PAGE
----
Boroxines have been studied mostly in relation to covalent organic frameworks, useful for gas storage, nanopatterning, and opto-electronics. Manipulation of the self-assembled structures of boroxines is a different idea with a whole new set of possible applications, for example in biology, medicine, and cosmetics.
A simple dehydration reaction generates the boroxines ((R-BO)3) from boronic acids. The structure of the boroxines after self-assembly in toluene is determined by the aromatic substituent (R). These structures are then used to house guest molecules.
The trick to creating a useful host–guest system is to engineer a suitable and fully predictable release mechanism. Now, a new method demonstrated by researchers from Japan manipulates the morphology of the nanostructures by precisely adjusting the humidity of the dessicator in which the sample is kept.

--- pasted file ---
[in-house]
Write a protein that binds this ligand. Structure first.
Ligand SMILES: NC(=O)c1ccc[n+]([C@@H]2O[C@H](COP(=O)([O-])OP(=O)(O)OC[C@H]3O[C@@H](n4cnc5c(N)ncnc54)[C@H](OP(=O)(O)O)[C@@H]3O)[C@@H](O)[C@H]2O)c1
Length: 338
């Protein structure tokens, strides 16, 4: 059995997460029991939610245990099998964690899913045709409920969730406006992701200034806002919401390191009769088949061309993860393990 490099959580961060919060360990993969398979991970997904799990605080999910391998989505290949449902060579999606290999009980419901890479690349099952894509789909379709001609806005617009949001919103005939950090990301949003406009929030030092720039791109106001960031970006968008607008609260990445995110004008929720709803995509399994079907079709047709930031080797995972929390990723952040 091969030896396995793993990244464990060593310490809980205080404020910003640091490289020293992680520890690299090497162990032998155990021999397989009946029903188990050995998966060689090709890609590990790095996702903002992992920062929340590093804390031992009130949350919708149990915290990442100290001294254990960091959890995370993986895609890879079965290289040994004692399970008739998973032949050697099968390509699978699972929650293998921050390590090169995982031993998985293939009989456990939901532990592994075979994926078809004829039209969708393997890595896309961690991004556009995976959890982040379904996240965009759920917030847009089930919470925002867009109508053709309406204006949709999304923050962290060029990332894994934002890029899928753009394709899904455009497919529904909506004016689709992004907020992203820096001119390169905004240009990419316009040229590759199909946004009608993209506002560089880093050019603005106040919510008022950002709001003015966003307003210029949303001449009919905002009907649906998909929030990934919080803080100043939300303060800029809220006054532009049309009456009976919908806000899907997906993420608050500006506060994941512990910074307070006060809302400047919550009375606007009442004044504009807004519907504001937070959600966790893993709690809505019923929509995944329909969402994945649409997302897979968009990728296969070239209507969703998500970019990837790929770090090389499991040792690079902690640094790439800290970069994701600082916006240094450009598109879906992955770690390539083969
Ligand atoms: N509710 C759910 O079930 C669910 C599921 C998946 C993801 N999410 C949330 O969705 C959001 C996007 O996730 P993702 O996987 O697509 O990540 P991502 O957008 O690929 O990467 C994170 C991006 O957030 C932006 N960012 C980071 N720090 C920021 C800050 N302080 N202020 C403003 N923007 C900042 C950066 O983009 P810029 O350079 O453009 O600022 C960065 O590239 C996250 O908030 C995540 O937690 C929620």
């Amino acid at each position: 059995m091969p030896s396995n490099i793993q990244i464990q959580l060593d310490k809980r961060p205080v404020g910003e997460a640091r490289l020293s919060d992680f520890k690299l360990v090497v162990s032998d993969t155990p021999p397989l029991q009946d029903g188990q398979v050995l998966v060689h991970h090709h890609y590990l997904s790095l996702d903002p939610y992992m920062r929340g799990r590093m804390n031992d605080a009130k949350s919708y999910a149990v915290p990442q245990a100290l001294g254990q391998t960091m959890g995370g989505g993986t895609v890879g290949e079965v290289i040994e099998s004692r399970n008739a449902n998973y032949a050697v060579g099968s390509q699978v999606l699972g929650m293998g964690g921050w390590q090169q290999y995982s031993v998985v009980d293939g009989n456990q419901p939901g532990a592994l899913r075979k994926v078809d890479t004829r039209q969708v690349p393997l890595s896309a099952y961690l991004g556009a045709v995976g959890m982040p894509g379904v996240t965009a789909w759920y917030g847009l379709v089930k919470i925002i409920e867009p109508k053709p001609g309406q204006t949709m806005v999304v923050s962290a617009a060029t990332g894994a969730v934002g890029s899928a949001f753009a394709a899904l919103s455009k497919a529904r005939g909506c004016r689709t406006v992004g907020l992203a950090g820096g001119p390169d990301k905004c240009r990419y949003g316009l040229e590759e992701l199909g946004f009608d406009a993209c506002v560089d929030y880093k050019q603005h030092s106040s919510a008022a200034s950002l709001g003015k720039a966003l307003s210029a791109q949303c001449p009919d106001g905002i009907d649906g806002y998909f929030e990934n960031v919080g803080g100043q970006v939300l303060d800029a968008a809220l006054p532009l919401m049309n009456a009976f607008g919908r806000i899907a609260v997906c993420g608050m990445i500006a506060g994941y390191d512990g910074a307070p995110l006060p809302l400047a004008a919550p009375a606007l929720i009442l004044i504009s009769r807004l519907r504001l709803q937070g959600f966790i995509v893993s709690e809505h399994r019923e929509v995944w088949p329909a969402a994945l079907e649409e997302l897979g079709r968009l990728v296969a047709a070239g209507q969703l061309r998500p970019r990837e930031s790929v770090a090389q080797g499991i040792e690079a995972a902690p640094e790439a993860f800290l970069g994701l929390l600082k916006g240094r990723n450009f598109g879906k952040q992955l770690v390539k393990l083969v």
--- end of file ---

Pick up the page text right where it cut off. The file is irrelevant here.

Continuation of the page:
Increasing the humidity induces rearrangements to the molecular packing of the structures through the hydrolysis of boroxine. These molecular packing rearrangements cause the boroxine tube structure to ‘unzip’, leading to a transformation from nanotubes to nanosheets, and thereby causing predictable changes in the release profile of the guest molecules.
In order to develop this system a step further, these researchers noted that boron can act as a hard Lewis acid to bind bases and anions, affecting the boroxine’s stability against hydrolysis. When an amine—in this case pyridine—is added to the boroxine structures prior to humidification, the nanotubes transform into helical coils instead of nanosheets.
The guest molecules are released faster during this second type of transformation from nanotube to helical coil than from the nanotubes, and even faster again during the transformation to nanosheets, providing a coarsely controlled, three-speed system. Further exploitation of boroxine chemistry, by controlling the exact humidity level and the concentration of amines in the system, yields a finer control over the release profile.